Among the recent contributions in the search literature is Hall (2005) who considers an alternative wage setting where sticky or even constant wages can be sustained in the equilibrium. Hall and Milgrom (2008) introduce an alternating offer bargaining model which leads to weaker feedback from current unemployment to wage. Both models can generate greater variation in the employer surplus, vacancy postings and employment than the Nash bargaining model. However, given the objective of this paper and volatile wage observations in EMEs, we choose to use the simple flexible wage bargain setup.
We use data at quarterly frequency and our sample selection criterion for EMEs is availability of quarterly data. For example, we excluded Argentina from our sample because the data are available only at semi-annual frequency. U.S. is excluded since we focus only on small open economies. All series are deseasonalized using U.S. Census Bureau’s X-12 ARIMA, and then HP-filtered with a smoothing parameter of 1600 after taking the logarithm when appropriate. See the Data Appendix for more details on sources and calculations.
Note that the difference between the two country groups remains.
We analyze employment data in addition to the unemployment rate because unemployment statistics suffer from several deficiencies including the inaccurate measurement of discouraged workers.
We report a set of statistics for hours worked in manufacturing sector in columns 1-3 of Table 3 and approximate aggregate hours worked in columns 4-6 of the same table. Hours worked in manufacturing normalized by the standard deviation of output has a variability of 1.58. Similarly, aggregate hours worked variability approximated in the aforementioned fashion when normalized by output variability is 1.24. Also in terms of correlations with output, these two statistics yield similar results, 0.57 and 0.47.
Our statistics are not fully comparable with those reported by Neumeyer and Perri (2005) because they report labor market statistics using semi-annualized data to make all other countries comparable with Argentina. Our statistics are based on quarterly data.
The data source is TURKSTAT.
This is based on the informal employees defined as those not registered for mandatory social security.
Although not exactly comparable with these ratios, OECD (2004) documents that the “black hours worked as a portion of white working hours” for Denmark, Norway, and Sweden are 3.8 percent, 2.6 percent and 2.3 percent, respectively, significantly smaller than the aforementioned figures for EMEs.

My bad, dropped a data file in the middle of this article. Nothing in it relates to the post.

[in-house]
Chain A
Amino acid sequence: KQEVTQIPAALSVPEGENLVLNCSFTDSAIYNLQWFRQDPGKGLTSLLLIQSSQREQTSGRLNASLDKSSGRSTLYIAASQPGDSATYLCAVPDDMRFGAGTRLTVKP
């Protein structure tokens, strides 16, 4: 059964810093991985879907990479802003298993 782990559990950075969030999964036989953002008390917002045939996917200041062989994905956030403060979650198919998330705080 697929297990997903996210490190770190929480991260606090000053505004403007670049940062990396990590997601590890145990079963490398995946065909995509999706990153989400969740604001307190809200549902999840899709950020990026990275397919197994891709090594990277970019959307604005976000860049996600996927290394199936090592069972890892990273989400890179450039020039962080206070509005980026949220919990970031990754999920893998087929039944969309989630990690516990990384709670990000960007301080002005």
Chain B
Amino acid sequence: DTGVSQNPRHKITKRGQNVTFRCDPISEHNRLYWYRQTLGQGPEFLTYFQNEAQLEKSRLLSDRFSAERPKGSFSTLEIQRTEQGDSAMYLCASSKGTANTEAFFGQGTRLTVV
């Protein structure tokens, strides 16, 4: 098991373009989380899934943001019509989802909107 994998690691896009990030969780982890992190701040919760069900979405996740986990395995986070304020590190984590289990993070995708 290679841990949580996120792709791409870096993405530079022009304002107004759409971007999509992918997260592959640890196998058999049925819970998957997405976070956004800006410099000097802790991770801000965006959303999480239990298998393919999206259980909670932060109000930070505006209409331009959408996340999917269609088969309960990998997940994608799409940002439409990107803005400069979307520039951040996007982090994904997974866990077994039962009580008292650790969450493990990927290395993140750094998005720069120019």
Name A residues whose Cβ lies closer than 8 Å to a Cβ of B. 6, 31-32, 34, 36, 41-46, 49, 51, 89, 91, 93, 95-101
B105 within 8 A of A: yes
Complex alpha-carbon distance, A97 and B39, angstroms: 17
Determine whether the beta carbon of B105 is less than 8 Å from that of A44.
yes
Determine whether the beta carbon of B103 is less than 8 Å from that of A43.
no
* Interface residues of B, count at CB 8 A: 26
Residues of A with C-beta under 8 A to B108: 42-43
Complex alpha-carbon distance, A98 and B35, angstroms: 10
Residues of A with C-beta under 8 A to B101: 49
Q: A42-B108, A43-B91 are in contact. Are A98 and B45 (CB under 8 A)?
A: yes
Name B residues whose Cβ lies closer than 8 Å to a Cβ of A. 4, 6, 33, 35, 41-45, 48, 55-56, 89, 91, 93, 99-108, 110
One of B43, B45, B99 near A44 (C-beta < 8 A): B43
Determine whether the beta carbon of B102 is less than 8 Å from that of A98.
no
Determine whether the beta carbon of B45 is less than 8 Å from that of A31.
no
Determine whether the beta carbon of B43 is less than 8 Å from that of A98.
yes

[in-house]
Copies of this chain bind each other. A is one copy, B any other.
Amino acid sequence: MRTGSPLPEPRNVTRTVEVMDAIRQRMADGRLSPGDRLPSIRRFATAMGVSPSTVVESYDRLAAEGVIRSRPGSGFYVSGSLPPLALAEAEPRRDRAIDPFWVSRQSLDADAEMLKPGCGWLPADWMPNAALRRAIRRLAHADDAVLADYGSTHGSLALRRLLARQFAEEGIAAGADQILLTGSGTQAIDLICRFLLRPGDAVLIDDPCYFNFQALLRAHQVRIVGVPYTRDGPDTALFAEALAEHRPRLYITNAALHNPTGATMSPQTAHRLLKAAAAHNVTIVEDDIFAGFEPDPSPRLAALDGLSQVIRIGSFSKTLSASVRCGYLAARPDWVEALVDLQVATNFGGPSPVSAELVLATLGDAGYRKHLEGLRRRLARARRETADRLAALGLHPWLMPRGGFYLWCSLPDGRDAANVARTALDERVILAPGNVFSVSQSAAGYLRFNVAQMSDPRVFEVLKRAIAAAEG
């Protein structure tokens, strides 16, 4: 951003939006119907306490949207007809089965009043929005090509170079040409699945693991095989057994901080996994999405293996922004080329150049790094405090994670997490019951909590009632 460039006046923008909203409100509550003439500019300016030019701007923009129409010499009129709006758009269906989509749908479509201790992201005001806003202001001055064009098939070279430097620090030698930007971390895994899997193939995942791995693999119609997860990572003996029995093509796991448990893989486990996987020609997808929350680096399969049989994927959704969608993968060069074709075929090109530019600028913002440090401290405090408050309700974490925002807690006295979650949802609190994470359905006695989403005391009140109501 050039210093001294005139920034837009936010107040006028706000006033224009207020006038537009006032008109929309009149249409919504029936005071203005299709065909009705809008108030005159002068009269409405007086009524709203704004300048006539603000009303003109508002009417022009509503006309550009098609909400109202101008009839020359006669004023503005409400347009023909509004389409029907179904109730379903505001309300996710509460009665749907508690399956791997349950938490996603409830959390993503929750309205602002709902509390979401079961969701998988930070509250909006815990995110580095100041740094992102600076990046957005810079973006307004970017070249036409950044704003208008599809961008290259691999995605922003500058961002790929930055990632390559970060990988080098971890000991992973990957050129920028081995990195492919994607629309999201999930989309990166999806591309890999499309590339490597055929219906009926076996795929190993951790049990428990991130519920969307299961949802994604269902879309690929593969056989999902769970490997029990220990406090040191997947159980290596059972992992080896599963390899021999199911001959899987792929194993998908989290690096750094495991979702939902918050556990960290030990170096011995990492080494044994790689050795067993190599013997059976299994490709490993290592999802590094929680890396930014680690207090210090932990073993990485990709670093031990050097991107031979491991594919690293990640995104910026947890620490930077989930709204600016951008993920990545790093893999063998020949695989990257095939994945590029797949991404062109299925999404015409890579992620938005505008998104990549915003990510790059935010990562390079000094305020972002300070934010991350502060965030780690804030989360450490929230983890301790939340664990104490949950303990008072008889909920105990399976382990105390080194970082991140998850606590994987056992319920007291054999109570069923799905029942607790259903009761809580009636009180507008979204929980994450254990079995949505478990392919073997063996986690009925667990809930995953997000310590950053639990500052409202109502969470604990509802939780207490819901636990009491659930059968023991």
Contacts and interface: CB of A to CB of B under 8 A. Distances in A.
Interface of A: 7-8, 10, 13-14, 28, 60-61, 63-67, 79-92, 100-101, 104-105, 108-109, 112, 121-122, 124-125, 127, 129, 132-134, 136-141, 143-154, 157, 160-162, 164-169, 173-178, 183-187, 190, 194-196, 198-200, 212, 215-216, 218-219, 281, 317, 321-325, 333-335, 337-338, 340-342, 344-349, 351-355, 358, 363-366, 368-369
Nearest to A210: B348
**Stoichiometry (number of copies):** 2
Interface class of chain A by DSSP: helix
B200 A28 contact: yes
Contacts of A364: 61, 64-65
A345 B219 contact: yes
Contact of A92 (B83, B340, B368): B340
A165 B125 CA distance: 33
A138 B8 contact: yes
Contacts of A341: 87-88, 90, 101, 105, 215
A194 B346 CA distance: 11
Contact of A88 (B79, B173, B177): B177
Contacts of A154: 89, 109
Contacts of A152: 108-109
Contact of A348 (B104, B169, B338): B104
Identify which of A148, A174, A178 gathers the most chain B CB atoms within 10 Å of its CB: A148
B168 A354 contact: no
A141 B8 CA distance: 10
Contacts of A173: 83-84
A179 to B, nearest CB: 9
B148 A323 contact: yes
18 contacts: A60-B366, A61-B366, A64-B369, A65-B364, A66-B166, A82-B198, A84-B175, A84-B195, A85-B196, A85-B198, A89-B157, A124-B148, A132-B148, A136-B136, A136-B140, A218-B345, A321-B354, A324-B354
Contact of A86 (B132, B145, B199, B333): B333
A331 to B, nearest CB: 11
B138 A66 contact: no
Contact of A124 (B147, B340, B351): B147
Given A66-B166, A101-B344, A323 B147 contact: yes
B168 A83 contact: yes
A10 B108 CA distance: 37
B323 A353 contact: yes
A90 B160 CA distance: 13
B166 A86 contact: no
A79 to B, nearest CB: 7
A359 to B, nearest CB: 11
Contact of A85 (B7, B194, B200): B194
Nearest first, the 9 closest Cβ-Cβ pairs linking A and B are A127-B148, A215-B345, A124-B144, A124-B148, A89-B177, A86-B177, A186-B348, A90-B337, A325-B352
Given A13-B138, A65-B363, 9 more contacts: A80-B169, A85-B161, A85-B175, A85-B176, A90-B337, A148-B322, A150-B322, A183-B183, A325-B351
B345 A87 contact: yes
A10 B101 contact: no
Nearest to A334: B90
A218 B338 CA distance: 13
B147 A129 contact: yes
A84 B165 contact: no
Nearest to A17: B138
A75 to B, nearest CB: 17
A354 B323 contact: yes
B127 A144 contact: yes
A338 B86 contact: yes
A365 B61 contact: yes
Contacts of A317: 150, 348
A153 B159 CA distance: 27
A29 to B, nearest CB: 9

Another interpretation is that markets for the idiosyncratic unemployment risk are complete so that family members can fully diversify this risk using state-contingent claims.
In the Mexican data, 81 percent of the variance in manufacturing total hours is accounted for by changes in employment rather than hours per worker.
Similar to the previous case where working hours are fixed, workers and employers only bargain over wage. Optimal working hours are pinned down by the efficiency condition of labor supply.
See Schmitt-Grohe and Uribe (2003) for detailed discussions on other methods that also induce stationarity in small open economy models.
EMBI yields for Mexico cover 1993Q4:2008Q4.
In the data from International Financial Statistics, the unemployment rate for Mexico is 3.65 percent. Notice that due to precautionary savings incentives, the unemployment rate in the stochastic steady state is lower than that in the deterministic steady state.
See the appendix for TFP calculation for further details.
As pointed out by Neumeyer and Perri (2005), large swings in local inflation sometime make it difficult to interpret and construct sensible real interest rates using local currency nominal interest rates. Moreover, EMEs typically borrow a significant amount from the external market and the emerging market bonds—which reflect the intertemporal terms of trade faced by locals—are denominated in dollars, and can be used to construct real interest rates without using domestic expected inflation.